BUSINESS
By New York Times News Service | September 6, 2008
WASHINGTON - Senior officials from the Bush administration and the Federal Reserve informed top executives of Fannie Mae and Freddie Mac, the mortgage finance giants, that the government was preparing to seize the two companies and place them in a conservatorship, officials and company executives briefed on the discussions said yesterday. The plan, effectively a government bailout, was outlined in separate meetings that the chief executives were summoned to attend yesterday at the office of the companies' new regulator.
BUSINESS
By Hanah Cho and Hanah Cho,hanah.cho@baltsun.com | March 18, 2009
Bruce Sherman, whose once-top-performing unit at Legg Mason Inc. was ravaged by losses on investments in Bear Stearns Inc. and several newspaper companies, is retiring at the end of the month. Sherman, 60, co-founded Private Capital Management, a money manager catering to wealthy investors that Legg bought in 2001 for nearly $1.4 billion. Sherman said in a brief interview yesterday that retirement was a difficult decision. "I sold the firm in 2001, and there was an inevitability of retirement at some point in time," Sherman said, noting March 31 was a logical time, since it is the end of Legg's fiscal year.
BUSINESS
By William Patalon III and William Patalon III,SUN STAFF | October 20, 2001
Sinclair Broadcasting Group Inc. has hired investment banker Bear Stearns to look for ways to benefit from expected changes in television-station ownership rules, the Baltimore-based Sinclair said yesterday. "Our overall objective is to end up a stronger company at the end of the day," said David B. Amy, Sinclair's chief financial officer. According to Amy, three major television-ownership rules are expected to change, or to at least become less stringent. And those changes are projected to touch off a flurry of deals for TV stations.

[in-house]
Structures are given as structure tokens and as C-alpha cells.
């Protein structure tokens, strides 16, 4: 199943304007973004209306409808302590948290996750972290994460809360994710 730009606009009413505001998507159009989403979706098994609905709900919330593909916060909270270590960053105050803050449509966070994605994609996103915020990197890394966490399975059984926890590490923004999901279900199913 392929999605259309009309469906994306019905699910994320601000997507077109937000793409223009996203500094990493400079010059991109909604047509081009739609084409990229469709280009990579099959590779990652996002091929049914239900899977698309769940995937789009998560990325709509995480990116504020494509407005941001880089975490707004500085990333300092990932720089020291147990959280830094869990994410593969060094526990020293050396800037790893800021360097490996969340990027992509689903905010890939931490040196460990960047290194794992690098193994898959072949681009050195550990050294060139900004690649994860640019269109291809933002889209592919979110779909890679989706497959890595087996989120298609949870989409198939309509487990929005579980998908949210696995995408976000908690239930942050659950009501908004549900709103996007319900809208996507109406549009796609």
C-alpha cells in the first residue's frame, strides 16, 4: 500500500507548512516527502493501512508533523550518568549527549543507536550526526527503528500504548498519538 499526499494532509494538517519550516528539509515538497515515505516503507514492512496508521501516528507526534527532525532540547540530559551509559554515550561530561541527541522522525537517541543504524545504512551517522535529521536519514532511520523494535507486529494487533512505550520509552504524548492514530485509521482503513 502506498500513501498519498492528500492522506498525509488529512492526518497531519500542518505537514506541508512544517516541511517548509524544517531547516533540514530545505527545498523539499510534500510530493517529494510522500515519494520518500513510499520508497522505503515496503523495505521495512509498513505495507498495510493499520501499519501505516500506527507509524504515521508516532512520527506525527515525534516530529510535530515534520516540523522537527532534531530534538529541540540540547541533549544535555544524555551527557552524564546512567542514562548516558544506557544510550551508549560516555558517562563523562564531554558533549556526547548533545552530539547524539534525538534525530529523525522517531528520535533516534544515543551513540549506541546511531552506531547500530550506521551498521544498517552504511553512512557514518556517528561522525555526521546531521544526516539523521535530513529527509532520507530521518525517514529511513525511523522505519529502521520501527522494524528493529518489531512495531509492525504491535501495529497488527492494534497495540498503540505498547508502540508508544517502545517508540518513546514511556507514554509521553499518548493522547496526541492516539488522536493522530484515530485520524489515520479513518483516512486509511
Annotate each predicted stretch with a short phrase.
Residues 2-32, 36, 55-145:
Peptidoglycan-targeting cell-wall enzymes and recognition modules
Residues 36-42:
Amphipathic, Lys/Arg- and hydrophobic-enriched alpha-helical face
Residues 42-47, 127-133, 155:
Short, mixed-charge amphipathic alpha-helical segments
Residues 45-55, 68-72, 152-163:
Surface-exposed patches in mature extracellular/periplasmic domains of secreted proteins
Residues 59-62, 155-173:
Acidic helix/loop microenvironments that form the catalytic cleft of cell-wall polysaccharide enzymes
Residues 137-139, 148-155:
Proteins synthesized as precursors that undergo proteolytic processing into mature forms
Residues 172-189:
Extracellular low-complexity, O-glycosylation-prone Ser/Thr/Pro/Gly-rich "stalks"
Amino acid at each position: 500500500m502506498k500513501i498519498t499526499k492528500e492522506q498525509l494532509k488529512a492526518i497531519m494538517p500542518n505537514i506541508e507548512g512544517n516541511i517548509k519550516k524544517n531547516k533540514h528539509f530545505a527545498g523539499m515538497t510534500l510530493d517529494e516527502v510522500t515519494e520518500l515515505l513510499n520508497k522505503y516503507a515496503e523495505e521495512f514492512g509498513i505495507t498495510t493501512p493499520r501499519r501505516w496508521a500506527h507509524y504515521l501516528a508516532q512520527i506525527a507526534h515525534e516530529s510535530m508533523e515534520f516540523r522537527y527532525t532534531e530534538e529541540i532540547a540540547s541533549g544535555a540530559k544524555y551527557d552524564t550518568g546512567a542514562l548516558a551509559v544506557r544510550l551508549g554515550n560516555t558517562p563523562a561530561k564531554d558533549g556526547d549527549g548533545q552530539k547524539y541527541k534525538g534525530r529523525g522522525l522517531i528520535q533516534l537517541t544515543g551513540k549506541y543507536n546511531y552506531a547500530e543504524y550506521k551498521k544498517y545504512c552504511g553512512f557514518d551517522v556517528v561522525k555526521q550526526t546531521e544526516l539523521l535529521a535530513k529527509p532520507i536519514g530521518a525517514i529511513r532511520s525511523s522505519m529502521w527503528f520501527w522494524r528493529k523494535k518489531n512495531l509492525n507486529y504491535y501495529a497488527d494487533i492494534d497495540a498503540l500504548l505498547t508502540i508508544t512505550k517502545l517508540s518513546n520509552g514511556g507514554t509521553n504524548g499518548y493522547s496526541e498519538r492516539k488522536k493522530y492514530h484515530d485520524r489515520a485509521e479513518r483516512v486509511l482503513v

BUSINESS
By Jay Hancock | August 10, 2008
A reader asks: "I read your recent blog about Merrill Lynch's sale of mortgage securities for a fraction of their face value. I have a sizable (for me) investment portfolio at Merrill. Fortunately, I do not own any Merrill stock. Should I be concerned about a Bear Stearns-type collapse?" My reply: I know of no reason why investments held/managed by Merrill Lynch would be in jeopardy. The only Bear Stearns clients who lost money in connection with the firm's collapse were the ones who invested in its ill-fated hedge funds, Bear Stearns stock or directly in subprime mortgage bonds.
BUSINESS
By Bloomberg News | July 16, 2008
The Securities and Exchange Commission is adopting a temporary rule that will limit the ability of traders to bet on a drop in the shares of brokerage firms, Freddie Mac and Fannie Mae, the agency's chairman, Christopher Cox, told the Senate Banking Committee yesterday. The SEC will require traders to hold shares of the two mortgage buyers and the brokerages before they execute a short sale. The emergency order, to be in effect for 30 days, will bar a practice called naked short-selling, in which traders avoid the financial cost of borrowing shares - the way short-selling ordinarily is done - when betting that the share prices will fall.